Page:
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As we know on fusing two hydrogen atoms we can convert it to helium and by breaking them we get two $\ce{H}$ atoms. So why can't we convert mercury to gold by removing 1 proton per atom?

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The quick answer is that (a) We can't do this in bulk yet, only to a few atoms, and (b) it's very, very expensive to do this. Hopefully someone else can expand on it. – ManishEarth Feb 22 '13 at 17:49
@Manishearth - For nuclear transmutation in the most generic sense (be it fusion, fission, spallation, etc.) that's not really true - Tc-99m, Am-241 and Pu-239 all spring to mind as valuable materials which are synthesised economically in macroscopic quantities. – Richard Terrett Feb 25 '13 at 3:33
@RichardTerrett: True... but not gold, iirc. – ManishEarth Feb 25 '13 at 5:13
up vote 10 down vote accepted

While it is possible to synthesize gold from mercury-196 (exists as 0.15% of natural mercury) the resultant gold will be radioactive and will not be gold for long!

There is actually the spallation neutron source which creates gold from liquid mercury.

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Why can't we use fusion to make ourselves rich?

Because at the current stage of technological progress making gold from other elements by fusion in large quantities is so costly (energy-wise and therefore money-wise), that it is just extraordinarily unprofitable to do that.

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The premise of this question is false. We don't fuse two hydrogen atoms to make Helium, we fuse two deuterium (Hydrogen-2) to make helium, and it is definitely not going to split back to two deuterium atoms under any circumstances, it is too expensive energetically. This process is called fission.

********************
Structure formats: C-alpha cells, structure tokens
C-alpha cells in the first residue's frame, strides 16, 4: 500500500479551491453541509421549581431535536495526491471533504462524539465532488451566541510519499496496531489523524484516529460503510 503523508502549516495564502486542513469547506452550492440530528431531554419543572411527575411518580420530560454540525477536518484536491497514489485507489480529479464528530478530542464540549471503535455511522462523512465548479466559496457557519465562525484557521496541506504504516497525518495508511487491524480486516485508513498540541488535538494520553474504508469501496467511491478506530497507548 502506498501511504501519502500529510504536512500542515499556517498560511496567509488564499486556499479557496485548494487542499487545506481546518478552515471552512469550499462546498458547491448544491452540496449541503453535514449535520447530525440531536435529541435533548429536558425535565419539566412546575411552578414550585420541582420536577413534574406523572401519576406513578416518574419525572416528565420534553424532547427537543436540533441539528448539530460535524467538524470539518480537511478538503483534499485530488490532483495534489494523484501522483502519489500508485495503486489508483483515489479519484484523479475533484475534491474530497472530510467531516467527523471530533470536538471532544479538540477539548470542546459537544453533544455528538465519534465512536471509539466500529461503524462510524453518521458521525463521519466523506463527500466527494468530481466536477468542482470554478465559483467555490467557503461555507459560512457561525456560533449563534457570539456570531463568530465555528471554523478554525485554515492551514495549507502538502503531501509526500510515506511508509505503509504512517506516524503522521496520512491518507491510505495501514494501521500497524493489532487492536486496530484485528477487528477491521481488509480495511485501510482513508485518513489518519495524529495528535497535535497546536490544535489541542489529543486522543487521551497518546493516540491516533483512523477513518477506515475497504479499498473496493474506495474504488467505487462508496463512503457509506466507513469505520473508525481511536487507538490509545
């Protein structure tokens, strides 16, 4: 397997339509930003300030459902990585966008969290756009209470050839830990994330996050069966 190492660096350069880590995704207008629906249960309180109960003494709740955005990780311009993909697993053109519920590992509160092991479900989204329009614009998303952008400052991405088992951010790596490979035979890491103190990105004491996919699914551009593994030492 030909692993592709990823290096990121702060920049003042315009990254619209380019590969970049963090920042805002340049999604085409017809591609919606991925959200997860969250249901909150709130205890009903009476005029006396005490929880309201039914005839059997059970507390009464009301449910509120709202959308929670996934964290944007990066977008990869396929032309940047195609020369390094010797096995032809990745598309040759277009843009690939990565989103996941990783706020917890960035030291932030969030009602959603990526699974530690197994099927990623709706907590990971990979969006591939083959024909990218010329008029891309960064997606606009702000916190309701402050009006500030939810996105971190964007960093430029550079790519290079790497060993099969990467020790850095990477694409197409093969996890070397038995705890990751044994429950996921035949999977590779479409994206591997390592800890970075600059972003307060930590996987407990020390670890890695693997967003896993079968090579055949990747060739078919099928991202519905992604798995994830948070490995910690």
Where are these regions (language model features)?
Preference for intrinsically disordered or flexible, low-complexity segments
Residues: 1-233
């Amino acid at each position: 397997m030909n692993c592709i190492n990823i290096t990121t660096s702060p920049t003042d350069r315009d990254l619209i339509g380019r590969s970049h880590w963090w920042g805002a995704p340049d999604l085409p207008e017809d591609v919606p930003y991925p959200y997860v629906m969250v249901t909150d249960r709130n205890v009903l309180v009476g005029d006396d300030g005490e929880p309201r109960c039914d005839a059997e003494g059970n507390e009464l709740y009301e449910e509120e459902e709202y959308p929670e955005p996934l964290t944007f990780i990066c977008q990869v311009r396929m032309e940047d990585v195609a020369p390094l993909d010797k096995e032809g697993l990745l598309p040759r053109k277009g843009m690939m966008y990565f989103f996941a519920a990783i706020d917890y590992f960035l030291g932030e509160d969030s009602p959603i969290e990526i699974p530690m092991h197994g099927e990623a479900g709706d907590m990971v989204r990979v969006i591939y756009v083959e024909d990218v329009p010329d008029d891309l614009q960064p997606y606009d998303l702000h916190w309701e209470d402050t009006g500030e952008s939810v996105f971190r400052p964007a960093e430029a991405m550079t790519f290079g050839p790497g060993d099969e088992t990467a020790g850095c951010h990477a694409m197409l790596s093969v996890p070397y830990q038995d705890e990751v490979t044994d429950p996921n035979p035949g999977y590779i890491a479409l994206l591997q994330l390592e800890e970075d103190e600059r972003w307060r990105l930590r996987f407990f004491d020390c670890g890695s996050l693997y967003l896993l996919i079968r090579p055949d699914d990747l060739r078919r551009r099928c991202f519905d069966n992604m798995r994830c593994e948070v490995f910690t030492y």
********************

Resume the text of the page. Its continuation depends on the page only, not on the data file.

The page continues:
Highstaker's answer is partially correct, and Meditate's answer is almost correct. The process Mediate describes is radioactive decay, not fusion, or even fission. Even using fusion processes, 'atom smashing' tends to lead to radioactive products because of the high energy (Hightaker comments) required to overcome electrostatic repulsion.

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sorry little bit confused guy in chem a pretty tough but interesting subject for me that's why I make these mistake well thank's for the correction it help me in futer not to these all silly things – Dimensionless Feb 25 '13 at 15:12
No apology is required. Asking these questions is the purpose of stack. – Lighthart Feb 25 '13 at 19:52

However it is possible to synthesize gold from the mercury isotope $^{196}Hg$, which occurs with a frequency of 0.15% in natural mercury, can be converted to gold by slow neutron capture, and following electron capture, decay into gold's only stable isotope, $^{197}Au$ . When other mercury isotopes are irradiated with slow neutrons, they also undergo neutron capture, but either convert into each other or beta decay into the thallium isotopes $^{203}Tl$and $^{205}Tl$.

Although the production cost is currently many times the market price of gold. And also it would take about 100s of year to form $1gm$ of gold.


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